Depleted Uranium is uranium metal from which the % of Naturally Occuring U-235 has been lowered from about 0.7% to about 0.2% or less. U-235 is fissile and is required in high percentages for uses in nuclear weapons and nuclear power. (Though fuel rods only require about 5% U-235 while weapons grade material requires upwards of 85% pure U-235). When natural uranium is refined to produce the fissile U-235, it leaves behind a 'waste' product of the non-fissile U-238. Because U-238 cannot go critical and is simply an alpha emitter with relatively weak gamma rays, the physical properties of the metal can be used. Depleted Uranium is incredibly cheap, but incredibly dense and pyrophoric when in a fine state. Because of the high density (~20 g/cc) and the very cheap price, it makes great use as a counterweight where high mass but low volume is needed. (Tungsten could also be used, but it's MUCH more expensive than DU is).
Depleted Uranium is also VERY good at blocking radiation. Yes, it seems kind of odd that a radioactive metal would be good at blocking radiation, but with a very long half-life and relatively weak alpha and gamma emission, the radiation it blocks is far more damaging than the radiation it gives off. Therefore, many high intensity radioisotopes used in research or for medical uses are housed in depleted uranium containers.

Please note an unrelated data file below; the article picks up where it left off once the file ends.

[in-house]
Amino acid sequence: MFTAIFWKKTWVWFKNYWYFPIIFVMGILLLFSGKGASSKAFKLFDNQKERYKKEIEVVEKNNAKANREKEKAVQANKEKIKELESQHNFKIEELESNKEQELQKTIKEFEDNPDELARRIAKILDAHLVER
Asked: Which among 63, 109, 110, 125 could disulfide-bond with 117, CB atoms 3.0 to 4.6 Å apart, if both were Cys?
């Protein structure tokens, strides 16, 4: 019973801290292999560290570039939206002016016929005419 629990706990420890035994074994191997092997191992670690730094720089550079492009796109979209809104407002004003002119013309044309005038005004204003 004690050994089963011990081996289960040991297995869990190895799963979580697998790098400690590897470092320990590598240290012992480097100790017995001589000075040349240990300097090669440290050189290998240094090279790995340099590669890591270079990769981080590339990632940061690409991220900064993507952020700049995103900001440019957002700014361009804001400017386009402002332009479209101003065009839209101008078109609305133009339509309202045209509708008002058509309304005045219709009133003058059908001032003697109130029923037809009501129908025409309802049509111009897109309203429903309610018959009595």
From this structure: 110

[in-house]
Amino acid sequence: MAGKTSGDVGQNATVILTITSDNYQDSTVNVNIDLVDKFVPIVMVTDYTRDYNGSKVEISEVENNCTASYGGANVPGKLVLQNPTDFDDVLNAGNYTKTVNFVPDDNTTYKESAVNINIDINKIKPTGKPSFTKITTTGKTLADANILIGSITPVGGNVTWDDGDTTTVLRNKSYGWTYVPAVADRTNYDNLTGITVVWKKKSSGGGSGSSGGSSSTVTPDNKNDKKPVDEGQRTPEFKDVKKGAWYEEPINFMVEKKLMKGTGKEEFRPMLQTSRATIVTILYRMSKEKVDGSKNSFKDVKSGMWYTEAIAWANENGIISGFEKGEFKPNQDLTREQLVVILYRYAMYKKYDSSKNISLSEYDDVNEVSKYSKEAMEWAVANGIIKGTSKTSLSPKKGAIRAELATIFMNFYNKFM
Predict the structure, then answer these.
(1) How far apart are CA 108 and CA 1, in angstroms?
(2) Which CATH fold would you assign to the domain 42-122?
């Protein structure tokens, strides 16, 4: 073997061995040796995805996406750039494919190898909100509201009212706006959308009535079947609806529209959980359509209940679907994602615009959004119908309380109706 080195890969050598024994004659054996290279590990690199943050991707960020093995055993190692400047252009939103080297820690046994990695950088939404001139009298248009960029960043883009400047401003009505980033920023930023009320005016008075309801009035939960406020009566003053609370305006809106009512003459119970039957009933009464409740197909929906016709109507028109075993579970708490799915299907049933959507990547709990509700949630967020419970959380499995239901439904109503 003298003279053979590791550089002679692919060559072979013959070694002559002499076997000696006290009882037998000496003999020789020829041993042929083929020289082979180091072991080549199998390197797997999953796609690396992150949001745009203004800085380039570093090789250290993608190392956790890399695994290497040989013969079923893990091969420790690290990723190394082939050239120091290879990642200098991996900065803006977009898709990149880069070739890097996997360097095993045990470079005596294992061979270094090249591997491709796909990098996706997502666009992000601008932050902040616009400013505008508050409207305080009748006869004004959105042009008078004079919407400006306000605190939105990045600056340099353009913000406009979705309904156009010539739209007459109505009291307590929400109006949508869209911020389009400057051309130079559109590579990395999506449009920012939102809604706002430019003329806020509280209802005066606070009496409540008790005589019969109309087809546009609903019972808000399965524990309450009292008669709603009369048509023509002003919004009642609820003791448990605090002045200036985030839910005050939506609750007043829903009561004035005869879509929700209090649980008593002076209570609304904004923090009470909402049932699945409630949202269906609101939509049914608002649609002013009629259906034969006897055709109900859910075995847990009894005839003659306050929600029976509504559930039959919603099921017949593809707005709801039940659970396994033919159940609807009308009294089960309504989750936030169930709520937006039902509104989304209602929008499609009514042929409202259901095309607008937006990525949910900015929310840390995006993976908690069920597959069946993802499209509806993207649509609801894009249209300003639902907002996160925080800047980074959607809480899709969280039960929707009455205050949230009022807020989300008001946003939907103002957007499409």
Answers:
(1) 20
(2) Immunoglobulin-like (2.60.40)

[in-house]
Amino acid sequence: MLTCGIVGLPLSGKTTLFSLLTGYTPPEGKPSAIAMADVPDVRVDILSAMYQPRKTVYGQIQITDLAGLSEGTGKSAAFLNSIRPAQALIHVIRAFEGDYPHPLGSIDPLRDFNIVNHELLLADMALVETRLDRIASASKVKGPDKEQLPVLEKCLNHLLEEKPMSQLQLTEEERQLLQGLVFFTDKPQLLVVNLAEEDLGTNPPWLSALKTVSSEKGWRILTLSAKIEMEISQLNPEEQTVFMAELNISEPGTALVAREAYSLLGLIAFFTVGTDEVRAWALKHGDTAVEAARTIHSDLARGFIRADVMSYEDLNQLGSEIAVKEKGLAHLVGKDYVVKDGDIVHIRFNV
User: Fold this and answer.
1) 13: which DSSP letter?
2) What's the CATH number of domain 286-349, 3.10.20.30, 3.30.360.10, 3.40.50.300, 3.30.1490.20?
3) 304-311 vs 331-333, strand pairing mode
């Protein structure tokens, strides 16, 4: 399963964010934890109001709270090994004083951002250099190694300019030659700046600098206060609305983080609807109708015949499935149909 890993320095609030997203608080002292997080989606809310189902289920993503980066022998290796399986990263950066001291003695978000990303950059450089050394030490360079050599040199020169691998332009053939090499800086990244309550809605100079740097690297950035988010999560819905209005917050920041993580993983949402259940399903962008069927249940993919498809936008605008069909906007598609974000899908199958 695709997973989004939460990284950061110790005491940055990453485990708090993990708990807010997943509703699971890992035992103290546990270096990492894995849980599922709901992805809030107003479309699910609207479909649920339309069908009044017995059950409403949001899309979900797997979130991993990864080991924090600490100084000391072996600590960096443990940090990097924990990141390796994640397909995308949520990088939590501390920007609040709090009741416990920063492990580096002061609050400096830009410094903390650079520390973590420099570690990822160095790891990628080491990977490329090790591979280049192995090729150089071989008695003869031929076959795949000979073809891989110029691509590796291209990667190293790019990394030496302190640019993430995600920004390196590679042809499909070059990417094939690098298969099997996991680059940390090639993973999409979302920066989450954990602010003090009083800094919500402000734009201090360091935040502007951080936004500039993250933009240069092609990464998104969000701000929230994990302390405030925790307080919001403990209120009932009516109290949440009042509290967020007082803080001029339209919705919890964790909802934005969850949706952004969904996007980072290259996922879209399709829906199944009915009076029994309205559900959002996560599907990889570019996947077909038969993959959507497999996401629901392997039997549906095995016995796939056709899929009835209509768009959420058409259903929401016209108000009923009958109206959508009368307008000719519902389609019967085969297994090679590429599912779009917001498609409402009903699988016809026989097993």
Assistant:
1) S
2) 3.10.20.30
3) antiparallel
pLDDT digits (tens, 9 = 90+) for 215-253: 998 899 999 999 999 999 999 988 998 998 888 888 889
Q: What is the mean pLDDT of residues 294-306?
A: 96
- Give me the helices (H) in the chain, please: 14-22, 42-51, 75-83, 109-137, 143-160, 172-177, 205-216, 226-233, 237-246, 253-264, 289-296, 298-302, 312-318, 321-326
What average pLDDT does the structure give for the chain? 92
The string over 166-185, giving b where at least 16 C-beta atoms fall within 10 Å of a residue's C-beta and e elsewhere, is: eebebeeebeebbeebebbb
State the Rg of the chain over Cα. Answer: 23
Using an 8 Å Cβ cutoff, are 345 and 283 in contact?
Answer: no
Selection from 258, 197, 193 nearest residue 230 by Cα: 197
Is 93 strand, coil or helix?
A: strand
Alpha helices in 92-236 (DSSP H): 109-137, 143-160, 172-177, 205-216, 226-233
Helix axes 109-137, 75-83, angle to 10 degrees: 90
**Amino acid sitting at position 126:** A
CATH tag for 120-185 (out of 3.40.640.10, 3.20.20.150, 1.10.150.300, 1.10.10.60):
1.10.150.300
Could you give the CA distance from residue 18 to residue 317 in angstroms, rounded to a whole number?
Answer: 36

Because of the high density and easy machinability, DU has found used in munitions for guns. The incredibly low cost, incredible hardness, and propensity to explode if it breaks apart on impact makes it a very good tool for piercing the armor of tanks and heavy machinery. In the same way, DU covered in lead and then steel makes very good, very dense, very inexpensive, and very effective armor plating.
Outside of the body, DU is virtually harmless. The alpha particles won't get through the layer of dead cells in your skin, and the gamma rays are pretty weak. It's not something you'd want to have lying out in the open so you could continuously expose yourself to it, but it's not going to severely increase your radiation exposure. Inside the body, however, DU is both chemically and radiologically toxic. That's because the uranium's alpha particles are now able to get at freshly created cells and cause internal damage. Plus, the DU accumulates in your kidneys where it causes major renal damage both chemically and radiologically. Therefore, inhaling the fumes of burning DU is very dangerous, and you don't want any of it getting inside of you. (This is why there's the big uproar about using DU in military missions. Sure it's effective at what it does, but all the burning DU and vaporized uranium is easily inhaled by the soldiers and the people living in that area).
One MAJOR reason why DU is carefully watched, however, is because if U-238 absorbs a moderately slow neutron, it will easily be convereted into U-239 which then decays via beta decay to Np-239. Np-239 has a half-life of about 2.5 days afterwhich it becomes the HIGHLY fissile Pu-239. So if someone had a source of neutrons and a LOT of time, they could easily create some plutonium. Thankfully, it's not as easy as putting neutrons into your DU. You need a good deal of money to safely do the conversions, and any other materials you might need to do this nasty stuff would raise some flags. (Like if someone went to buy a few pounds of DU as well as some beryllium or aluminum. It would raise some red flags. In fact, just trying to acquire large amounts of DU would raise some red flags since it is also used as the tampering device in a nuclear bomb).